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All articles published in the April 2012 issue.
Publish Date - 1 April 2012
The recently completed New Engineering Building (NEB) at the National
University of Ireland, Galway (NUIG) is a new state of the art academic
facility on the university’s north campus. The building unites all five
engineering disciplines within the university and at 14,250m² is now the
largest engineering school in Ireland. It represents a milestone in the
construction of engineering educational facilities by incorporating the use
of numerous types of sensors to create an interactive learning environment
for engineering students. Not only will it be a centre of education, but the
building itself will act as a ‘living laboratory’ and teaching tool. This paper
outlines the instrumentation of the structural elements within the building
and the part they will play in the teaching and understanding of structural
engineering within the university.
The Drapers’ Gardens redevelopment, completed in 2011, involved the construction of an office building in the Bank Conservation Area within the City of London. The confined city site and the ground conditions presented a number of challenges. The site activities commenced with the demolition of the existing 100m high tower structure. At the time it was the tallest office structure to be demolished in the UK. The perimeter support of the substructure was designed to minimise internal propping. The piled foundations re-used a substantial number from the existing piled raft.
Archaeological investigations uncovered an extensive area of preserved Roman development and water channels. The building obtained an excellent BREEAM rating which influenced the services and façade design. This led to demands on the structural design. The steel framed structure above ground is a distinctive stepped form rising to 15 storeys with spans up to 15m to satisfy the developer’s desire for column-free spaces. The staircases on the south façade are a visible feature.
Close working within the multi-disciplinary design team and with the main contractor ensured this complex project was efficiently completed.
Both criminal and civil law is relevant to the management of health and safety risks. The criminal law i.e. that made in Parliament (and much of which originates from the EU) is relevant to all workplaces and work related activities, but is specifically relevant because of the significant risks arising from construction activities.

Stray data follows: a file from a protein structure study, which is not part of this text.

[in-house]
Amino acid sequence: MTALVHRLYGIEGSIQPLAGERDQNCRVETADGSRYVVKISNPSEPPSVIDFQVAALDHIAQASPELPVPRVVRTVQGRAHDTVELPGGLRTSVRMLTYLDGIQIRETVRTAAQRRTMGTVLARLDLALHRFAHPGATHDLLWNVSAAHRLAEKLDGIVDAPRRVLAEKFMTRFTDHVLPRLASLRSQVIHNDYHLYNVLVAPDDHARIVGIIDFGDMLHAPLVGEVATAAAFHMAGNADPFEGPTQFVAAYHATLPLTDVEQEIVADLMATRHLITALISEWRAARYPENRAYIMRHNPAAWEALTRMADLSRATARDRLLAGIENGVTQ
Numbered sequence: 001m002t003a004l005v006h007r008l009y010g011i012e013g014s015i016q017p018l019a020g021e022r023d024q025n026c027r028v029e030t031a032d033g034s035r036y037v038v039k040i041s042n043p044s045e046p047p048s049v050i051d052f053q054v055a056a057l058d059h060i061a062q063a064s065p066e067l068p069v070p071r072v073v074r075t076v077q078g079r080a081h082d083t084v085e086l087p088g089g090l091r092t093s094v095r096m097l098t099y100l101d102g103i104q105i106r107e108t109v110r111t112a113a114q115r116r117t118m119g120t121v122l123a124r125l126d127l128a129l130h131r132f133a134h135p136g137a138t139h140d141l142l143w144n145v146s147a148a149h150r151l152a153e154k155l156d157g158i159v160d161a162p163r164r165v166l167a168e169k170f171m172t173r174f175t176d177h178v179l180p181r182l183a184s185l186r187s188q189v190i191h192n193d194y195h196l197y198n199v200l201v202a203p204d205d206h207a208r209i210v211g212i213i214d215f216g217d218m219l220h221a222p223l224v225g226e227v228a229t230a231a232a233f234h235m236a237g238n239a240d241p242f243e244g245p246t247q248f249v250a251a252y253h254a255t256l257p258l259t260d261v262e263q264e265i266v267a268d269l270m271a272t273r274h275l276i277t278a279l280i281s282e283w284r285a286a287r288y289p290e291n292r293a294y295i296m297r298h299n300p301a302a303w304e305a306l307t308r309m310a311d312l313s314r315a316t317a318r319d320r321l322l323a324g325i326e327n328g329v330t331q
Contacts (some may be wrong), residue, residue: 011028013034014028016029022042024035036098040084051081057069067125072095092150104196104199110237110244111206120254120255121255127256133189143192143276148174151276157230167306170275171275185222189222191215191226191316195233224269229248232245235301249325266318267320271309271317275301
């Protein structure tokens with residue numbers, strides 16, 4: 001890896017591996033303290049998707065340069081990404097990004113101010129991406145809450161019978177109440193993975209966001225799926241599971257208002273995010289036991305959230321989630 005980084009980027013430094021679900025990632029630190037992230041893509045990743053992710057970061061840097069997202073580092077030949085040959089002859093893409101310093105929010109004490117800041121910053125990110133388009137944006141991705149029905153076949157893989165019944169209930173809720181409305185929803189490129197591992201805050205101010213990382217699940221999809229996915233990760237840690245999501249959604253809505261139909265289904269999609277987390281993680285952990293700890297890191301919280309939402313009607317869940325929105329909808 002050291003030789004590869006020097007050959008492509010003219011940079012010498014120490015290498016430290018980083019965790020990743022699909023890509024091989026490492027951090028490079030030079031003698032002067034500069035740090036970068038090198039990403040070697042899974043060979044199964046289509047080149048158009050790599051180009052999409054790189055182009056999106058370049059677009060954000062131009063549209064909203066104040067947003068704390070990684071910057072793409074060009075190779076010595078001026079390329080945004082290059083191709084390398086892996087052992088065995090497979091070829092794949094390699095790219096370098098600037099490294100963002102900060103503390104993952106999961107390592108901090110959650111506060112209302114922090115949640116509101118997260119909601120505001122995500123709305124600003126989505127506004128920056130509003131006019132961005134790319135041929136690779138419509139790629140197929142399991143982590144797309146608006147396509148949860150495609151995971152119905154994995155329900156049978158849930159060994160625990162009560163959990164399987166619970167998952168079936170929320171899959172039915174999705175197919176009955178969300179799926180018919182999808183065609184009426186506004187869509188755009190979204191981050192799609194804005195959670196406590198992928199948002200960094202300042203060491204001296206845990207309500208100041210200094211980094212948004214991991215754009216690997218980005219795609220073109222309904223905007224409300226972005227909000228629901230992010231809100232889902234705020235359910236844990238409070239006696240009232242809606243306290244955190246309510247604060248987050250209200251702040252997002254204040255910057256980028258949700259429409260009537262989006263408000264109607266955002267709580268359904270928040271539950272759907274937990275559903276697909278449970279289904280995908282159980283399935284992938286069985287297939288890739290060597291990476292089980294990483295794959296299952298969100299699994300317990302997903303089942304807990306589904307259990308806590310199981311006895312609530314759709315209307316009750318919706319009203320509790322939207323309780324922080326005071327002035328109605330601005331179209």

Why report to CROSS?
Alastair Soane, Director of Structural-Safety.org urges more engineers to engage with the programme, dispelling some reporting myths and highlighting the community-wide benefits of submitting concerns.
This Technical Guidance Note concerns lateral loads that are applied to barriers and wheel axle loads from vehicles. Barrier loading is dealt with slightly differently to other forms of imposed loading. The nature of the loading can vary from people leaning against barriers to vehicles colliding with them at speed. Axle loading from vehicles has to be treated somewhat differently to other forms of imposed loading. While it is possible to assume a blanket area load to represent them, it is the point load from each wheel that needs closer attention.
There has been recent increased use of earth for construction of buildings in developed countries, largely because of concerns with the environmental impact and embodied carbon from fired bricks and cement-based products. Of all forms of earth construction, the widest impact on modern construction is likely to come from commercially produced unfired earth masonry where large-scale production can significantly reduce costs.
While there are benefits to using earth masonry, structural design with earth masonry raises some specific issues that are not necessarily relevant to other forms of masonry construction. This paper summarises these issues and presents results of extensive structural testing on modern earth masonry. The structural properties required for design are compared with typical values for other masonry types in Eurocode 6, showing that commercially produced earth masonry can meet or even exceed the structural capacity of other commonly used masonry systems.
Kevin Lea, BIM Business Development Manager at CSC, provides a personal view on what BIM really means to the structural engineer and whether Structural BIM is being used to its full potential.
A 3rd edition of Gimsing and Georgakis book was released
in January 2012. Buro Happold’s Davood Liaghat takes a look…
Topics of importance openly discussed...
Covering a vast geographical area hasn't prevented the Caribbean group from working towards common goals...